Farer 37mm Hand-Wound Collection
As someone who’s been in the work-from-home world for the last couple of years, early morning commutes are not my strong point. In fact, getting downstairs for the first cup of Yorkshire Gold can often be a challenge.
That said, a little motivation can do wonders - and Eggs Benedict, with a side order of freshly launched 37mm hand-wound watches from Farer is more than enough to get this watch nerd up and out with the best of them.
On arrival at the Ivy in Soho, I was greeted by the founding team of Paul, Stu, Jono, and Ben - who like proud fathers, introduced me to their three new additions, the Hudson, Lansdell, and Stanhope, presented on 20mm Barenia leather straps.
Designed by Farer in London, and built by their manufacturing partner Roventa-Henex in Switzerland, the trio of cushion cased 37mm hand-wound models are powered by the ETA 7001, and available to buy at farer.com for £975/$1175/€1075.
A full review will follow in a few weeks time, once I’ve got my hands on a loan watch, but first impressions are very good. The watch wears well, sits comfortably on my nearly 8" wrist, and manages to look larger than it's dimensions would suggest by being nearly all dial.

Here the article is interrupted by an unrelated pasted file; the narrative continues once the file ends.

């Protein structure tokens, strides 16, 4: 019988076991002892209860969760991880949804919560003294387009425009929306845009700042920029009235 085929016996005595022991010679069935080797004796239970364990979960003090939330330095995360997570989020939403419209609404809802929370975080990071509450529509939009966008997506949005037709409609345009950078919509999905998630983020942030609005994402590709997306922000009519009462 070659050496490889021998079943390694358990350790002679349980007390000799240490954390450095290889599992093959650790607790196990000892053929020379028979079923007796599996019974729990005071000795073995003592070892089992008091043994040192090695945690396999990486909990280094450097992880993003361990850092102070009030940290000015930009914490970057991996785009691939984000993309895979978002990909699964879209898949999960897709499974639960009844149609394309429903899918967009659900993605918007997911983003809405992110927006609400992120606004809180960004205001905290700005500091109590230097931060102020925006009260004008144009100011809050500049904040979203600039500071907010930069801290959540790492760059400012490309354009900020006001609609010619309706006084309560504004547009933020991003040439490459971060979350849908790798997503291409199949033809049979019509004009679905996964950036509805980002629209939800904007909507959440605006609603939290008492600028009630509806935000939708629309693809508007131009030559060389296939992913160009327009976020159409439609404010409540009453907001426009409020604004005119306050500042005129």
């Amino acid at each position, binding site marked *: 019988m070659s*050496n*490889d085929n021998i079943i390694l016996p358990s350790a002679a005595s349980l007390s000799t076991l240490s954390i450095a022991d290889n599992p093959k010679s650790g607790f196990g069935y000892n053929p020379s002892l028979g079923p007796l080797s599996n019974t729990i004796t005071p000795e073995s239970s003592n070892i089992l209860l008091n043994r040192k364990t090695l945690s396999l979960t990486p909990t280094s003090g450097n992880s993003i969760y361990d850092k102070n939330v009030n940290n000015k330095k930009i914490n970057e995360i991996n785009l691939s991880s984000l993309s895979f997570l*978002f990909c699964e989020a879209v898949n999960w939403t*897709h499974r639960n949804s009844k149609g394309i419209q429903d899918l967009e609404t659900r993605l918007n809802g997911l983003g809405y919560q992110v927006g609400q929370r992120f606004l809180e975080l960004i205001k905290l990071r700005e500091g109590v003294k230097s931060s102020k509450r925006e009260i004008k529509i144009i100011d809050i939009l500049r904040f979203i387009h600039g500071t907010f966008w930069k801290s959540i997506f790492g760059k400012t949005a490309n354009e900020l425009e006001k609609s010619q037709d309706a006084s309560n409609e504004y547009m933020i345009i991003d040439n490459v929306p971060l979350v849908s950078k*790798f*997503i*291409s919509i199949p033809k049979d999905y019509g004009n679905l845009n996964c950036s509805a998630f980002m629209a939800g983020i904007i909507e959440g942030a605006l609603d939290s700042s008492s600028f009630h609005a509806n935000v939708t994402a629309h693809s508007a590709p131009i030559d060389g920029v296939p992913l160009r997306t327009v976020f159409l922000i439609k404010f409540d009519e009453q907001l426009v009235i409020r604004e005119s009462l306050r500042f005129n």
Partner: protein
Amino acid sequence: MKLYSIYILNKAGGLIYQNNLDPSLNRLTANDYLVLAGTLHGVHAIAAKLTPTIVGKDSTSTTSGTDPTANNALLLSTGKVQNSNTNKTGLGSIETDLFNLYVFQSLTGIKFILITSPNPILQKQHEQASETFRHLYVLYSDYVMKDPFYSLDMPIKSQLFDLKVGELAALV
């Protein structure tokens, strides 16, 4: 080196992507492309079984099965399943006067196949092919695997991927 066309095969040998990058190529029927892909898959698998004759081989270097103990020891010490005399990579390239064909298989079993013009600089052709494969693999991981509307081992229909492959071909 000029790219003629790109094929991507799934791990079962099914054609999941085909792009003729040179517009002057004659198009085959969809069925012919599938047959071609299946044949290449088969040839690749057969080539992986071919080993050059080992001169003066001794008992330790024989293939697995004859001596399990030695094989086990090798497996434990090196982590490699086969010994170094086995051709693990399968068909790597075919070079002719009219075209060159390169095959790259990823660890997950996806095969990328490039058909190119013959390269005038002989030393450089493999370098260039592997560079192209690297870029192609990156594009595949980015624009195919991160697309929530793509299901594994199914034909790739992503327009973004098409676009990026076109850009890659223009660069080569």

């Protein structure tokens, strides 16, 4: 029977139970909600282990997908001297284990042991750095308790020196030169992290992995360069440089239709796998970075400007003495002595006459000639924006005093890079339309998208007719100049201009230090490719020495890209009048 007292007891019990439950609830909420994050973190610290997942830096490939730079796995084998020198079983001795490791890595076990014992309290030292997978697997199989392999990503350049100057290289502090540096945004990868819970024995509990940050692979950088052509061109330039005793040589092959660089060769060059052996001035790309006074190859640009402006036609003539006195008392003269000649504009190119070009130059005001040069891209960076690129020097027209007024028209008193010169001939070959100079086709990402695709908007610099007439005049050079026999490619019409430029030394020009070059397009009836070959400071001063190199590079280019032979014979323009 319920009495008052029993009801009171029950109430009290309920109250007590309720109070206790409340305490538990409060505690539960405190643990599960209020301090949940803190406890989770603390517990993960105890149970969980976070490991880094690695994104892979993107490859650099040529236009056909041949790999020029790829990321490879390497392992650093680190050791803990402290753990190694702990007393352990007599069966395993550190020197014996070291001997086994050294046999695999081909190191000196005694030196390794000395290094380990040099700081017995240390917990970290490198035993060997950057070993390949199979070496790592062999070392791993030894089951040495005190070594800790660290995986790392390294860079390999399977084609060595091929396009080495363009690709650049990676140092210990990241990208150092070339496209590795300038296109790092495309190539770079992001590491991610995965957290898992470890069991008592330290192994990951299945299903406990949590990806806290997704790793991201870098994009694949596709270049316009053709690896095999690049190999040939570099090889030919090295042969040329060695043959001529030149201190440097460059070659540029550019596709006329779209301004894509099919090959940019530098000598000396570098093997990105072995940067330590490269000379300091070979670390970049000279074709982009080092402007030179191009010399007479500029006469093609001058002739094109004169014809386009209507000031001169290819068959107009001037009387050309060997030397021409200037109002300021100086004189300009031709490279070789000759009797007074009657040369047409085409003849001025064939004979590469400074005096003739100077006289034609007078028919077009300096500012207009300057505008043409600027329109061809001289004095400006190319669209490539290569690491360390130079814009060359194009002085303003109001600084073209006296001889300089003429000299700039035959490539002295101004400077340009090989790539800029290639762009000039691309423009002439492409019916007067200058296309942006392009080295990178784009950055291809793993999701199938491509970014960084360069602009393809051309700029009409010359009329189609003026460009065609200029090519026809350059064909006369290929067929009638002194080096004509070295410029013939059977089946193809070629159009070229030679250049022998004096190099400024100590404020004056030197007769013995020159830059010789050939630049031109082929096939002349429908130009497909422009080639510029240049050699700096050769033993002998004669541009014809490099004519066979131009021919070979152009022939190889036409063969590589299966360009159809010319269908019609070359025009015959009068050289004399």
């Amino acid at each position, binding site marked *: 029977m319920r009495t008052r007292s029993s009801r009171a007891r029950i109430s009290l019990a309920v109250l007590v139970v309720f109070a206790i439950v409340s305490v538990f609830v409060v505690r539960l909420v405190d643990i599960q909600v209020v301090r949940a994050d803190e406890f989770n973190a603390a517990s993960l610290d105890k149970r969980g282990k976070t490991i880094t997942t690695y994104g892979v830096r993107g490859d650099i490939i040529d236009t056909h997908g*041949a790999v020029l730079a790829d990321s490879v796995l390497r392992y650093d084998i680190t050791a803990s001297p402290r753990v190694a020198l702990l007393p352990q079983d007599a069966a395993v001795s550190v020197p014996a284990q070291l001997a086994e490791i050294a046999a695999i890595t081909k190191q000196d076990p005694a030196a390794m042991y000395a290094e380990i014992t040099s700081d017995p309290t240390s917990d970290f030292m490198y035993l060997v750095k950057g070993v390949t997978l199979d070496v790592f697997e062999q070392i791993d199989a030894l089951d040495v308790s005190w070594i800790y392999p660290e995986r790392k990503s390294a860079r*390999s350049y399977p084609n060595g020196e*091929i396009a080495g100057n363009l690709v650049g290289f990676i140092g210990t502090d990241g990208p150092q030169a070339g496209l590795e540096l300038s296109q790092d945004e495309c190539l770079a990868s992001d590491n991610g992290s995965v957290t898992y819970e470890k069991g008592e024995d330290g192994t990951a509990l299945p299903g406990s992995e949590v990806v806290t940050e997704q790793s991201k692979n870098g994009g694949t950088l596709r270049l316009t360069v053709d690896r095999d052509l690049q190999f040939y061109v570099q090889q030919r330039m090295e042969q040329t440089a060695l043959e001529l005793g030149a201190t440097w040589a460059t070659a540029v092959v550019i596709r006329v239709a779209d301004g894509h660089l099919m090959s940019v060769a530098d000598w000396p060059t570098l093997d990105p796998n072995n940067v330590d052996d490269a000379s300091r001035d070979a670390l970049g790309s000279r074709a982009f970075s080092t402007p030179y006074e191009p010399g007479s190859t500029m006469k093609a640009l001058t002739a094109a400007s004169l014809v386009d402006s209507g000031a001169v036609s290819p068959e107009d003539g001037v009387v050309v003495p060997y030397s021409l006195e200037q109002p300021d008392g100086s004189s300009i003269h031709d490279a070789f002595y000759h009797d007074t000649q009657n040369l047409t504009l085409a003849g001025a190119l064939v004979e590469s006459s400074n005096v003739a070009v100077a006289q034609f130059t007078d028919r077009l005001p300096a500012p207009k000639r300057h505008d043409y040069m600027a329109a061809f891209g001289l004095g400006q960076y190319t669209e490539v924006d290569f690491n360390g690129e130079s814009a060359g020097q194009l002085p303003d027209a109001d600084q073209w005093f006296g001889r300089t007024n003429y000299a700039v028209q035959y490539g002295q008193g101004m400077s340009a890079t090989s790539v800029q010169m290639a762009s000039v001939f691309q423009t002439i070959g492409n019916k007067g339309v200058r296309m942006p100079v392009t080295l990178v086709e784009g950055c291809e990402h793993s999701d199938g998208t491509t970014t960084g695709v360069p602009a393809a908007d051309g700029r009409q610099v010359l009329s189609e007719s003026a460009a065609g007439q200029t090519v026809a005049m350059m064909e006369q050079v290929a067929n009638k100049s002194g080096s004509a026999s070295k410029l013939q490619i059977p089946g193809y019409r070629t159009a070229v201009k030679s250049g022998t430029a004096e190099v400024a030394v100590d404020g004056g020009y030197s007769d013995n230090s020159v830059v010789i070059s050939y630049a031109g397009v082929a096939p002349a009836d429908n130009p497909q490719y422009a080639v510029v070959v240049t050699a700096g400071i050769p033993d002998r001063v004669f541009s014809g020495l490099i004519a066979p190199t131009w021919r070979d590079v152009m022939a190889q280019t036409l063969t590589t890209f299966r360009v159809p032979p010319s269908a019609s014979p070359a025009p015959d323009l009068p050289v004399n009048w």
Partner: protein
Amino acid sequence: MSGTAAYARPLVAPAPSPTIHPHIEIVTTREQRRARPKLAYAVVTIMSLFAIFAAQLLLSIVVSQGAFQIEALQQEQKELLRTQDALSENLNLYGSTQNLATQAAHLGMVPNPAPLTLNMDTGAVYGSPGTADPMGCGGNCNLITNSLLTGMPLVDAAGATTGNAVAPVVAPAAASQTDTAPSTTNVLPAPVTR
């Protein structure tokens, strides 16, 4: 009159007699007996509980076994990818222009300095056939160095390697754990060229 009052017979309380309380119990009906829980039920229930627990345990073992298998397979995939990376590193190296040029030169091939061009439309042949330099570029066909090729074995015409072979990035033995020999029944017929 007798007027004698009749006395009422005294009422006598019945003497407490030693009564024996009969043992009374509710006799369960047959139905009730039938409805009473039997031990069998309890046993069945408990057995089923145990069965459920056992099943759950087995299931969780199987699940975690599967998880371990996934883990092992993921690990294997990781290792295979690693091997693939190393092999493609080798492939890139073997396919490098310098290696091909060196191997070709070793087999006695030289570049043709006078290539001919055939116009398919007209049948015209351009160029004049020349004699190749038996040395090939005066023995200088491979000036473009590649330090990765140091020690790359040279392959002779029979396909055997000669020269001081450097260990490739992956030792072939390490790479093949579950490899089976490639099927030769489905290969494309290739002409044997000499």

I'm not ashamed to say that I've fallen a little bit in love with the bold colours, and elegant styling of Farer's first hand-wound watch.
Nice work gents.
Many thanks to the team from Farer for their warm hospitality, and an early look at what's sure to be a very popular collection of watches.
NAMED AFTER HENRY HUDSON, AN ENGLISH SEA EXPLORER AND NAVIGATOR DURING THE EARLY 17TH CENTURY. BORN IN 1565, HE DEVELOPED A LIFELONG INTEREST IN ARCTIC EXPLORATION THROUGH HIS DANGEROUS EXPLORATIONS OF PRESENT-DAY CANADA AND PARTS OF THE NORTHEASTERN UNITED STATES.
Named after Henry Lansdell, a nineteenth-century British priest in the Church of England. A noted Royal Geographical explorer and author. Born in 1841, after spending holidays in Europe, Lansdell began long and often arduous journeys to little-known parts of Asia.
Named after Lady Hester Stanhope, dubbed ‘one of the most pioneering women in history’. Born in 1776, the English socialite and adventurer blazed a horse trail across the Middle East, a century before TE Lawrence.